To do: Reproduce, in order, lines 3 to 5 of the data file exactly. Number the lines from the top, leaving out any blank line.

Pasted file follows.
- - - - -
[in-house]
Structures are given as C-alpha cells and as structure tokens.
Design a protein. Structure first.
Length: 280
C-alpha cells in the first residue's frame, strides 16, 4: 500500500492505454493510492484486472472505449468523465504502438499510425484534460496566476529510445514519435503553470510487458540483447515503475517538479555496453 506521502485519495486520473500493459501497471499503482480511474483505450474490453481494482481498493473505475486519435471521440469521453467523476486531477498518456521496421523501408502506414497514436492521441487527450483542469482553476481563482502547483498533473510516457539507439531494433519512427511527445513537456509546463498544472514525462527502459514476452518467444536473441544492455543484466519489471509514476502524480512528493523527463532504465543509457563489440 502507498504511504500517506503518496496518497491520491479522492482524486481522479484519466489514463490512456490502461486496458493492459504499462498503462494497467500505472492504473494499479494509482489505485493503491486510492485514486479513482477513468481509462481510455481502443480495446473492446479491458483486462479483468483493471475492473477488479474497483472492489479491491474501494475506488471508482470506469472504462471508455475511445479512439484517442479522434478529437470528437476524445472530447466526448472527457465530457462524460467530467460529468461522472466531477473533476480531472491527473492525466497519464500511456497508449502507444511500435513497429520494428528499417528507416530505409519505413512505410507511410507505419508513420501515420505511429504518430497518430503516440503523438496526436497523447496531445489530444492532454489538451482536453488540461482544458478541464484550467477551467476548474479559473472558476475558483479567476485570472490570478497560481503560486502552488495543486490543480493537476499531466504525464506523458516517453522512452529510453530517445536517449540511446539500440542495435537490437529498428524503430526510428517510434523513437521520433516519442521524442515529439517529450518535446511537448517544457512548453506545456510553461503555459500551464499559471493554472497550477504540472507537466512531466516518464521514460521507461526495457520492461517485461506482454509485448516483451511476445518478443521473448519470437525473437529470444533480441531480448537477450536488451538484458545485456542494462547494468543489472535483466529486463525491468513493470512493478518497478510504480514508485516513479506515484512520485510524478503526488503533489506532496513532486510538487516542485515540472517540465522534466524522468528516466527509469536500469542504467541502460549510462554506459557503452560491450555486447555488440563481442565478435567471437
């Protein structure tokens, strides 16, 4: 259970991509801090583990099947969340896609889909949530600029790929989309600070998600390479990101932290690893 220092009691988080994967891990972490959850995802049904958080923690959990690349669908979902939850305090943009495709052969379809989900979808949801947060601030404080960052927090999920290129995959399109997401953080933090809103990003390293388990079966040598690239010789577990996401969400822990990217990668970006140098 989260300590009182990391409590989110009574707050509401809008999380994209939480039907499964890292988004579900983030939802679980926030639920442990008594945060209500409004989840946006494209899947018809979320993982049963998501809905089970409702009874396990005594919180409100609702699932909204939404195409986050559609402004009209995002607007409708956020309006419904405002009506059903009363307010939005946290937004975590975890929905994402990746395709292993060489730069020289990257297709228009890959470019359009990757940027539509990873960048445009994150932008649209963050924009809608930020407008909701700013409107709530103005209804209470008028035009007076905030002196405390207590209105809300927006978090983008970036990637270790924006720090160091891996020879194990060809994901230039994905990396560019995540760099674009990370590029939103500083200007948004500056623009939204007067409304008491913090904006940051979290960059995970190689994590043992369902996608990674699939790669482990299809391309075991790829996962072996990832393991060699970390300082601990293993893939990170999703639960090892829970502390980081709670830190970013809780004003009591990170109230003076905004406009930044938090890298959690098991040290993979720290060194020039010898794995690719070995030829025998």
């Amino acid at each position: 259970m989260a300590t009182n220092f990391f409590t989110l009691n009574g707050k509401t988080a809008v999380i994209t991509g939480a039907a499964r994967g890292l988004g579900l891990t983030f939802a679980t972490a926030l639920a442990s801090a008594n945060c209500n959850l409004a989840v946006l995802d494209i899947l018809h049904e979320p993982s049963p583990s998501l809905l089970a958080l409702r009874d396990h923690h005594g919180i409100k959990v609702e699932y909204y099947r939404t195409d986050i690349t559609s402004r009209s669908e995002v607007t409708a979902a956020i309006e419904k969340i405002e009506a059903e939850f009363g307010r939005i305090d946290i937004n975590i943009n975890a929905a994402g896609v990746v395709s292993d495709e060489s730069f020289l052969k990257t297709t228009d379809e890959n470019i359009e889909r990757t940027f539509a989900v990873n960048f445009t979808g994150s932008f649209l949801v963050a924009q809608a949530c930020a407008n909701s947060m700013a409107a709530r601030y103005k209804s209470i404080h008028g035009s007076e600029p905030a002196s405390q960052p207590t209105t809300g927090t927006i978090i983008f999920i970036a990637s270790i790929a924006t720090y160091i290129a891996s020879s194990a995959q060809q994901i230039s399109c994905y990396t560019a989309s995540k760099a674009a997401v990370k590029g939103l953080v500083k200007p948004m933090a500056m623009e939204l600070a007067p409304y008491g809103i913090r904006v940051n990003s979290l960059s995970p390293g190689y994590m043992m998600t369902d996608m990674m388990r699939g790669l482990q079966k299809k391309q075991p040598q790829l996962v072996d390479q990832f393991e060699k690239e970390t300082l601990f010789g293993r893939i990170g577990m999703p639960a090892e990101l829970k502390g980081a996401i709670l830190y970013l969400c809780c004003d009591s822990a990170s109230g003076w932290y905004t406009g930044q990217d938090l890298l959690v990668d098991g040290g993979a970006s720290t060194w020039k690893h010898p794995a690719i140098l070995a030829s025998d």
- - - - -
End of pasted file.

Design a protein. Structure first.
Length: 280
C-alpha cells in the first residue's frame, strides 16, 4: 500500500492505454493510492484486472472505449468523465504502438499510425484534460496566476529510445514519435503553470510487458540483447515503475517538479555496453 506521502485519495486520473500493459501497471499503482480511474483505450474490453481494482481498493473505475486519435471521440469521453467523476486531477498518456521496421523501408502506414497514436492521441487527450483542469482553476481563482502547483498533473510516457539507439531494433519512427511527445513537456509546463498544472514525462527502459514476452518467444536473441544492455543484466519489471509514476502524480512528493523527463532504465543509457563489440 502507498504511504500517506503518496496518497491520491479522492482524486481522479484519466489514463490512456490502461486496458493492459504499462498503462494497467500505472492504473494499479494509482489505485493503491486510492485514486479513482477513468481509462481510455481502443480495446473492446479491458483486462479483468483493471475492473477488479474497483472492489479491491474501494475506488471508482470506469472504462471508455475511445479512439484517442479522434478529437470528437476524445472530447466526448472527457465530457462524460467530467460529468461522472466531477473533476480531472491527473492525466497519464500511456497508449502507444511500435513497429520494428528499417528507416530505409519505413512505410507511410507505419508513420501515420505511429504518430497518430503516440503523438496526436497523447496531445489530444492532454489538451482536453488540461482544458478541464484550467477551467476548474479559473472558476475558483479567476485570472490570478497560481503560486502552488495543486490543480493537476499531466504525464506523458516517453522512452529510453530517445536517449540511446539500440542495435537490437529498428524503430526510428517510434523513437521520433516519442521524442515529439517529450518535446511537448517544457512548453506545456510553461503555459500551464499559471493554472497550477504540472507537466512531466516518464521514460521507461526495457520492461517485461506482454509485448516483451511476445518478443521473448519470437525473437529470444533480441531480448537477450536488451538484458545485456542494462547494468543489472535483466529486463525491468513493470512493478518497478510504480514508485516513479506515484512520485510524478503526488503533489506532496513532486510538487516542485515540472517540465522534466524522468528516466527509469536500469542504467541502460549510462554506459557503452560491450555486447555488440563481442565478435567471437